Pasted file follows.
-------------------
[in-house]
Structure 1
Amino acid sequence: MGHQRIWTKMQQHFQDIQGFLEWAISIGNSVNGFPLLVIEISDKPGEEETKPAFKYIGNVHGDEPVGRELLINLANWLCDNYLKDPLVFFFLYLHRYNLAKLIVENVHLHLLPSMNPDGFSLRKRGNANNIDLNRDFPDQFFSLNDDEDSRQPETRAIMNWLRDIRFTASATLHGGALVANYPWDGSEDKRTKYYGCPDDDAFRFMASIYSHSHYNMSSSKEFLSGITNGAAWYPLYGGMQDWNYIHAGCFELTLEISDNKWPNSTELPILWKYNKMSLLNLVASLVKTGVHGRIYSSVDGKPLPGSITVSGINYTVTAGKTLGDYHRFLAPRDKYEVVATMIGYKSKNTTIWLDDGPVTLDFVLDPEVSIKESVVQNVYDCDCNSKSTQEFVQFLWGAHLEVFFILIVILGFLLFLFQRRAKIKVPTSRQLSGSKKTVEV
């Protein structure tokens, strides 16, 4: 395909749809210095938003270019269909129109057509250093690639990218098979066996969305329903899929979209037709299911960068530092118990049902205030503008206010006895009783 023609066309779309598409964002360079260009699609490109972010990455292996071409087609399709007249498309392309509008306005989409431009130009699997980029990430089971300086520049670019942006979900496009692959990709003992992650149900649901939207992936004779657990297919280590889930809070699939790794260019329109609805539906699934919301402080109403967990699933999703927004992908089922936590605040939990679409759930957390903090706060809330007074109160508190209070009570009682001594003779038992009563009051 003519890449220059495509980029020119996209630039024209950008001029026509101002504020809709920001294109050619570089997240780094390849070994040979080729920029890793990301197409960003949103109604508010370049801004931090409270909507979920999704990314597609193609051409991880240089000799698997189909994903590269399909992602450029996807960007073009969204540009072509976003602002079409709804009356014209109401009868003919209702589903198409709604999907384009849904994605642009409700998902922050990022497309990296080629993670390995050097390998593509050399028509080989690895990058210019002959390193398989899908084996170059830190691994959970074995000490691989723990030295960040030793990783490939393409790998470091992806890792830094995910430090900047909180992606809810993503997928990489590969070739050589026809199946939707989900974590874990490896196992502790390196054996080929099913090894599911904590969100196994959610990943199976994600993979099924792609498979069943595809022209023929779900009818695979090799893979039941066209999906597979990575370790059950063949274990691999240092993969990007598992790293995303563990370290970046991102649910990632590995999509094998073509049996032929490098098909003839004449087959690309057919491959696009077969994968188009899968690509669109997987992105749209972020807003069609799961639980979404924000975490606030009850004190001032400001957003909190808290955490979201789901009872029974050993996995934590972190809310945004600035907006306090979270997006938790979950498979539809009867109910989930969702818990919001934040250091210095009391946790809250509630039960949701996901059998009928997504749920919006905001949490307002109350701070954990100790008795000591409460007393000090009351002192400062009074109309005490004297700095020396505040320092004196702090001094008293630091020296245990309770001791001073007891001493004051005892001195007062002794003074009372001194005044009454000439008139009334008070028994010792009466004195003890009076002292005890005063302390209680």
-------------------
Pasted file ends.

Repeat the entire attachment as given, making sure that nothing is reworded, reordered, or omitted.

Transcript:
[in-house]
Structure 1
Amino acid sequence: MGHQRIWTKMQQHFQDIQGFLEWAISIGNSVNGFPLLVIEISDKPGEEETKPAFKYIGNVHGDEPVGRELLINLANWLCDNYLKDPLVFFFLYLHRYNLAKLIVENVHLHLLPSMNPDGFSLRKRGNANNIDLNRDFPDQFFSLNDDEDSRQPETRAIMNWLRDIRFTASATLHGGALVANYPWDGSEDKRTKYYGCPDDDAFRFMASIYSHSHYNMSSSKEFLSGITNGAAWYPLYGGMQDWNYIHAGCFELTLEISDNKWPNSTELPILWKYNKMSLLNLVASLVKTGVHGRIYSSVDGKPLPGSITVSGINYTVTAGKTLGDYHRFLAPRDKYEVVATMIGYKSKNTTIWLDDGPVTLDFVLDPEVSIKESVVQNVYDCDCNSKSTQEFVQFLWGAHLEVFFILIVILGFLLFLFQRRAKIKVPTSRQLSGSKKTVEV
């Protein structure tokens, strides 16, 4: 395909749809210095938003270019269909129109057509250093690639990218098979066996969305329903899929979209037709299911960068530092118990049902205030503008206010006895009783 023609066309779309598409964002360079260009699609490109972010990455292996071409087609399709007249498309392309509008306005989409431009130009699997980029990430089971300086520049670019942006979900496009692959990709003992992650149900649901939207992936004779657990297919280590889930809070699939790794260019329109609805539906699934919301402080109403967990699933999703927004992908089922936590605040939990679409759930957390903090706060809330007074109160508190209070009570009682001594003779038992009563009051 003519890449220059495509980029020119996209630039024209950008001029026509101002504020809709920001294109050619570089997240780094390849070994040979080729920029890793990301197409960003949103109604508010370049801004931090409270909507979920999704990314597609193609051409991880240089000799698997189909994903590269399909992602450029996807960007073009969204540009072509976003602002079409709804009356014209109401009868003919209702589903198409709604999907384009849904994605642009409700998902922050990022497309990296080629993670390995050097390998593509050399028509080989690895990058210019002959390193398989899908084996170059830190691994959970074995000490691989723990030295960040030793990783490939393409790998470091992806890792830094995910430090900047909180992606809810993503997928990489590969070739050589026809199946939707989900974590874990490896196992502790390196054996080929099913090894599911904590969100196994959610990943199976994600993979099924792609498979069943595809022209023929779900009818695979090799893979039941066209999906597979990575370790059950063949274990691999240092993969990007598992790293995303563990370290970046991102649910990632590995999509094998073509049996032929490098098909003839004449087959690309057919491959696009077969994968188009899968690509669109997987992105749209972020807003069609799961639980979404924000975490606030009850004190001032400001957003909190808290955490979201789901009872029974050993996995934590972190809310945004600035907006306090979270997006938790979950498979539809009867109910989930969702818990919001934040250091210095009391946790809250509630039960949701996901059998009928997504749920919006905001949490307002109350701070954990100790008795000591409460007393000090009351002192400062009074109309005490004297700095020396505040320092004196702090001094008293630091020296245990309770001791001073007891001493004051005892001195007062002794003074009372001194005044009454000439008139009334008070028994010792009466004195003890009076002292005890005063302390209680």